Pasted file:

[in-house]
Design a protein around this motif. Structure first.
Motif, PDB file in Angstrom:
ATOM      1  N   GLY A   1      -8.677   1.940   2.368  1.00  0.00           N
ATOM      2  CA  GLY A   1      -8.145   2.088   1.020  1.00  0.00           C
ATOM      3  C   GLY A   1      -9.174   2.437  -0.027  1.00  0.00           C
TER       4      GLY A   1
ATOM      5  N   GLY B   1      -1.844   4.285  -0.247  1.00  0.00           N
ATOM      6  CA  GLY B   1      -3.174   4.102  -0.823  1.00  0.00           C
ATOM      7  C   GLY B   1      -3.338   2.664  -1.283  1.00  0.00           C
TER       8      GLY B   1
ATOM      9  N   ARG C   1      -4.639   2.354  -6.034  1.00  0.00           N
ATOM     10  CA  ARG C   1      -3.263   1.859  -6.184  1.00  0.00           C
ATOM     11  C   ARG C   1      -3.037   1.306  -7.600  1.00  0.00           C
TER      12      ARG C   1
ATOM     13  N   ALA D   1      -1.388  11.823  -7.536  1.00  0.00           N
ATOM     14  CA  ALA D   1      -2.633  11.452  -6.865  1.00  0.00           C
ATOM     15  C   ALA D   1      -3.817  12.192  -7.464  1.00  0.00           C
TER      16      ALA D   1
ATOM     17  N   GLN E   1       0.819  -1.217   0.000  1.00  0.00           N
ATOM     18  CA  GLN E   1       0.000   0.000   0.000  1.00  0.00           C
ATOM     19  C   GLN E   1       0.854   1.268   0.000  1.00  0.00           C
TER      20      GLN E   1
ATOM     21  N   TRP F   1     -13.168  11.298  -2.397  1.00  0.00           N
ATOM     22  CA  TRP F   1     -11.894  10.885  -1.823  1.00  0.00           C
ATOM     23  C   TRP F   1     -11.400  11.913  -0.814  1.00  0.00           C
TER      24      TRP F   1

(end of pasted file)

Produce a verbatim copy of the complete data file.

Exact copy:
[in-house]
Design a protein around this motif. Structure first.
Motif, PDB file in Angstrom:
ATOM      1  N   GLY A   1      -8.677   1.940   2.368  1.00  0.00           N
ATOM      2  CA  GLY A   1      -8.145   2.088   1.020  1.00  0.00           C
ATOM      3  C   GLY A   1      -9.174   2.437  -0.027  1.00  0.00           C
TER       4      GLY A   1
ATOM      5  N   GLY B   1      -1.844   4.285  -0.247  1.00  0.00           N
ATOM      6  CA  GLY B   1      -3.174   4.102  -0.823  1.00  0.00           C
ATOM      7  C   GLY B   1      -3.338   2.664  -1.283  1.00  0.00           C
TER       8      GLY B   1
ATOM      9  N   ARG C   1      -4.639   2.354  -6.034  1.00  0.00           N
ATOM     10  CA  ARG C   1      -3.263   1.859  -6.184  1.00  0.00           C
ATOM     11  C   ARG C   1      -3.037   1.306  -7.600  1.00  0.00           C
TER      12      ARG C   1
ATOM     13  N   ALA D   1      -1.388  11.823  -7.536  1.00  0.00           N
ATOM     14  CA  ALA D   1      -2.633  11.452  -6.865  1.00  0.00           C
ATOM     15  C   ALA D   1      -3.817  12.192  -7.464  1.00  0.00           C
TER      16      ALA D   1
ATOM     17  N   GLN E   1       0.819  -1.217   0.000  1.00  0.00           N
ATOM     18  CA  GLN E   1       0.000   0.000   0.000  1.00  0.00           C
ATOM     19  C   GLN E   1       0.854   1.268   0.000  1.00  0.00           C
TER      20      GLN E   1
ATOM     21  N   TRP F   1     -13.168  11.298  -2.397  1.00  0.00           N
ATOM     22  CA  TRP F   1     -11.894  10.885  -1.823  1.00  0.00           C
ATOM     23  C   TRP F   1     -11.400  11.913  -0.814  1.00  0.00           C
TER      24      TRP F   1